Audiomux already changed how we use our iPhones and iPads. Out: juggling cables and audio interfaces just to record an app. In: using apps seamlessly on your computer via just a Lightning or (30-pin) Dock cable.

Well, if that didn’t make you interested in plugging your iPad into your DAW, this should. Using an app as a synth or effect on iOS is now about to be as easy as adding a plug-in — even on Windows.

Audiomux isn’t the only game in town. Apple announced this month at its developer conference that was baking some basic functionality into iOS for routing audio to a connected computer. What Apple calls “Inter-Device Audio” will turn your iOS gadget into a USB 2.0 audio class-compliant device – meaning it’ll appear as an audio interface on any computer, without installing a driver. It also mutes system sounds over that connection, so an alert won’t screw up your audio. But the new feature supports stereo output only, so it’s only useful for recording apps. And it requires iOS 9 – so it’s not out yet.

Audiomux already does more than that, and Audiomux 2 adds icing on the top.

Fundamentally, Audiomux lets you ditch the audio interface and integrate your iOS gadget via a single cable. It works with output – so you can record, or make samples, or add effects on your computer. It works with input – round-trip, even, so you can add iOS effects to projects you’re working on via your computer. And it works with multiple apps and even multiple devices, making iOS tools part of your studio rather than just the thing you use to distract yourself while waiting at a bus terminal.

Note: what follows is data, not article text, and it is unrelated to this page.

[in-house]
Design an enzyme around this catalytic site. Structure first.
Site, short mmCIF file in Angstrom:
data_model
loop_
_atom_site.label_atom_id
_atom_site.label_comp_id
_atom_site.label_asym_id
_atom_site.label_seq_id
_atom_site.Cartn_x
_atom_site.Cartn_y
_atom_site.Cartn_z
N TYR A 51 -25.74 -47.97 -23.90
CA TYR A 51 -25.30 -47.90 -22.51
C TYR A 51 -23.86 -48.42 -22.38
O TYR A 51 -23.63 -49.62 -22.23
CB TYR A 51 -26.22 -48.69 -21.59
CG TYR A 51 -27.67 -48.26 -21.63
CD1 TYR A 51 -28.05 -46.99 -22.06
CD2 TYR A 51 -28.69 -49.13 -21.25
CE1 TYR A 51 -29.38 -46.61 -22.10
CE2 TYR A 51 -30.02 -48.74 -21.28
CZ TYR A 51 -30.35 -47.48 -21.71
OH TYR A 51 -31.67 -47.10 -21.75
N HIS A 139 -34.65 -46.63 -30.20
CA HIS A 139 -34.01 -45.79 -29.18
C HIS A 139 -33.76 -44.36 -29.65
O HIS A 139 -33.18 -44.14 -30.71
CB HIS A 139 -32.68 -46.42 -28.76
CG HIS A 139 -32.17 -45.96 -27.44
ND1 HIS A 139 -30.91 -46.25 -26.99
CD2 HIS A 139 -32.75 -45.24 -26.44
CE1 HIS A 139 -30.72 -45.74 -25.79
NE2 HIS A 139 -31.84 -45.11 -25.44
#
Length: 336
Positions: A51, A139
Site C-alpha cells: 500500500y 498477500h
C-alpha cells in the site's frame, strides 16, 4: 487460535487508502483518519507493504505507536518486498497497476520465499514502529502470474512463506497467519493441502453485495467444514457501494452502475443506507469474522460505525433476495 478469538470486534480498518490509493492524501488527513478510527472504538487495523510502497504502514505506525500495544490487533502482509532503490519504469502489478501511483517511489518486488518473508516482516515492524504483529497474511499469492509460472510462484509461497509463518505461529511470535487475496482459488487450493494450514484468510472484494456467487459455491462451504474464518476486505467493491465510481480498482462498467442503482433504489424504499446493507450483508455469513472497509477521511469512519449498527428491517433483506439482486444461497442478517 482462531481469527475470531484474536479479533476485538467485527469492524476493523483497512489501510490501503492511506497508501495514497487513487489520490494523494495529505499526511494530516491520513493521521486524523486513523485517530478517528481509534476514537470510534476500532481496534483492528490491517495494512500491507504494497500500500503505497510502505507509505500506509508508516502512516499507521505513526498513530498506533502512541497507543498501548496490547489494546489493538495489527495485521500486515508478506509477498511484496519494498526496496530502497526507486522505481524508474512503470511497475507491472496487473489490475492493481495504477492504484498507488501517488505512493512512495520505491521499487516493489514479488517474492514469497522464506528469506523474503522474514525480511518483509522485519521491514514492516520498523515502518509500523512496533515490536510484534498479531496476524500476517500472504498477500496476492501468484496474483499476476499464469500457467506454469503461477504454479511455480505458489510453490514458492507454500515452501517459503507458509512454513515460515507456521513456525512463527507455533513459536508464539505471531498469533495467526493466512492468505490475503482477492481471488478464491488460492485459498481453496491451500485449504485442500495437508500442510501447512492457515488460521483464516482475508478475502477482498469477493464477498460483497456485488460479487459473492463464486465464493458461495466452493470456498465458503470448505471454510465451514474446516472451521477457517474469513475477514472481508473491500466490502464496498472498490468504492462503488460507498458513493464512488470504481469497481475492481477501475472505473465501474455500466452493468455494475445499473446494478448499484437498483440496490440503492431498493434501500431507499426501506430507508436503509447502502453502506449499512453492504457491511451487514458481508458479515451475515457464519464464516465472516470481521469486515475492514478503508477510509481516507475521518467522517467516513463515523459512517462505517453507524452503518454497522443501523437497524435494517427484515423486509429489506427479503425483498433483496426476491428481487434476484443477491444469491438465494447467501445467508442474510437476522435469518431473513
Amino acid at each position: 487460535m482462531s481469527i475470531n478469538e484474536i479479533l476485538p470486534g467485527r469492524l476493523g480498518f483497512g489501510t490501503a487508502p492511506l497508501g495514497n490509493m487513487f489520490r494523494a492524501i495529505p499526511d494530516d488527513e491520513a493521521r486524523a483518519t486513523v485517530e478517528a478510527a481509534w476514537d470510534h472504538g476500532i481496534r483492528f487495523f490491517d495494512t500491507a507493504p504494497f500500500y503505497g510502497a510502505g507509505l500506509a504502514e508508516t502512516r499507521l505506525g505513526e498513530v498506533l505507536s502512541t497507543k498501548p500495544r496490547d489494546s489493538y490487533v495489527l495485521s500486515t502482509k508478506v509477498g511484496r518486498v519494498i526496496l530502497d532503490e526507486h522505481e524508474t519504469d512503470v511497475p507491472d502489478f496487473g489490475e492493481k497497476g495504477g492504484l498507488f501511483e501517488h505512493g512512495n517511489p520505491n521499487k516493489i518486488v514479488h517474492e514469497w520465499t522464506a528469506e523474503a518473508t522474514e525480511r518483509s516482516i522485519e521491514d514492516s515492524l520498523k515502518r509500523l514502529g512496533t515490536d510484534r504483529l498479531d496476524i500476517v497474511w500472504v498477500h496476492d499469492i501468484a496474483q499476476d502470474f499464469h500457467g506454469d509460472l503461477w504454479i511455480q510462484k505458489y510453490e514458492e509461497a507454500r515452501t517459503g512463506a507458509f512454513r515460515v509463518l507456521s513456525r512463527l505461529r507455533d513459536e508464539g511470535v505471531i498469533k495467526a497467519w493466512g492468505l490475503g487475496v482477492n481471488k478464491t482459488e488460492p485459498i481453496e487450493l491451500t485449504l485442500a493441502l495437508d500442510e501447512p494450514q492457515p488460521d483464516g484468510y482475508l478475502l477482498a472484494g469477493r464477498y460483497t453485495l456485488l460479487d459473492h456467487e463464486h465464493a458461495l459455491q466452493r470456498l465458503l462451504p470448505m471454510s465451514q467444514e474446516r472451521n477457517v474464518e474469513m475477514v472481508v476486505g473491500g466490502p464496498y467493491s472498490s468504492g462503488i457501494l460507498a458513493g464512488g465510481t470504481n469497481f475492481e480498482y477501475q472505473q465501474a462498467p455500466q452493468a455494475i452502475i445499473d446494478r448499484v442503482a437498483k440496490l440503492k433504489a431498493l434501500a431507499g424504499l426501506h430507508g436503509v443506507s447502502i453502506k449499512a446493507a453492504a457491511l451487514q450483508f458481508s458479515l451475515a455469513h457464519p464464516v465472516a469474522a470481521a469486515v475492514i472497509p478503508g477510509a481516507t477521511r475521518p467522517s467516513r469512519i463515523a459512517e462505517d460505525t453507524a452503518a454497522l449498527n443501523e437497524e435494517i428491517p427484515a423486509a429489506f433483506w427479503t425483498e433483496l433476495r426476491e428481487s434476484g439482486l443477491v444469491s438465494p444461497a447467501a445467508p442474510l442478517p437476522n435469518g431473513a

Now, the power features:

VST and AU plug-ins. You can now add Audiomux support as a plug-in, so a synth or effect app on your iPad is the same as one on your computer – just with touch support and extra processing power.

IAA and Audiobus integration. By supporting Inter App Audio and Audiobus, you can use Audiomux with your favorite apps.

Mixing. IAA and Audiobus also integrate a mixer so it’s easier to keep track of volume, muting, and monitoring. There are send channels, too, so you can easily route apps and effects. In short, Audiomux is as much a centralized mixer as it is a tool for connecting to the computer – and using it means that using all those apps feels almost like having a studio full of gear attached to a mixer.

Windows support. Oh, yeah, all of this is no longer limited to Mac users – Windows works too (Windows 7 or later). And OS X support still works back to OS X 10.7. (I’m sorry, to anyone sticking with 10.6 – if you want the latest and greatest, it’s time to upgrade.)

You can grab Audiomux in a US$9.99 bundle with the also-essential Midimux. (I’ve been using that to sequence outboard gear, in fact.)

We’ll have a video tutorial or two in July, so stay tuned. In the meantime, there’s a great new guide to get you started:

Midimux / Audiomux installation guide

audiomux at the iTunes App Store